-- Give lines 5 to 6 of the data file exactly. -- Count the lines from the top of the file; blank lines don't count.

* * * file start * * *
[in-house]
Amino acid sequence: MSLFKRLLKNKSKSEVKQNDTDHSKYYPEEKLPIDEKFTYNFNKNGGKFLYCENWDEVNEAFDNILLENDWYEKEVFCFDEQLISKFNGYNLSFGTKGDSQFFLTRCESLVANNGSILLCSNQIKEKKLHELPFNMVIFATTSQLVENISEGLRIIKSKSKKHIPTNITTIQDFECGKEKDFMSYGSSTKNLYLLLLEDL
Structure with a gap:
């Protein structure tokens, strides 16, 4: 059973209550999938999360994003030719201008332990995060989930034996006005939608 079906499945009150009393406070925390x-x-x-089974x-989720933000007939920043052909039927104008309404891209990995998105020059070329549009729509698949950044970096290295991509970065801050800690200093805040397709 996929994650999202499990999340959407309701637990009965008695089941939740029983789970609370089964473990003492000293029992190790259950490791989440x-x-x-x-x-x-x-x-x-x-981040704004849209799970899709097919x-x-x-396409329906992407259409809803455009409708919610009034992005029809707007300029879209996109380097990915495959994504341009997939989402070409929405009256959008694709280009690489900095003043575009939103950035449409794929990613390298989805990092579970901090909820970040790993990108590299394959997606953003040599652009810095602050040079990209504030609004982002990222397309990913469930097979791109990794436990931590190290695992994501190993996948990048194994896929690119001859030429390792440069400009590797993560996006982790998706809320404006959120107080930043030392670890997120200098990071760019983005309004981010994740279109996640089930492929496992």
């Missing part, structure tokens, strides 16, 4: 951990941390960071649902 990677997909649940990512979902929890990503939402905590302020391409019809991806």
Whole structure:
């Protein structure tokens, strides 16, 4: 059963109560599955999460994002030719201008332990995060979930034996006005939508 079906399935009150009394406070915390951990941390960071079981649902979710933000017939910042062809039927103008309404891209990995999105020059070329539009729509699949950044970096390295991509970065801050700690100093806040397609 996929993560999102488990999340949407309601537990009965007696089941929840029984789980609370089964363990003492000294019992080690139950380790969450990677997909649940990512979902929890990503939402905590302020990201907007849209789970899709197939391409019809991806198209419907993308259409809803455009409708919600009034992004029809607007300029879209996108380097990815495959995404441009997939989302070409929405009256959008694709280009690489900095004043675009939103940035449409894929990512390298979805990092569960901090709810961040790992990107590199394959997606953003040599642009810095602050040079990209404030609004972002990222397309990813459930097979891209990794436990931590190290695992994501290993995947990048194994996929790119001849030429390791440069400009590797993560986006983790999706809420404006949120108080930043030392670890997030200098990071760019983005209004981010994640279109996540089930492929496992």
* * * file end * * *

């Missing part, structure tokens, strides 16, 4: 951990941390960071649902 990677997909649940990512979902929890990503939402905590302020391409019809991806």
Whole structure: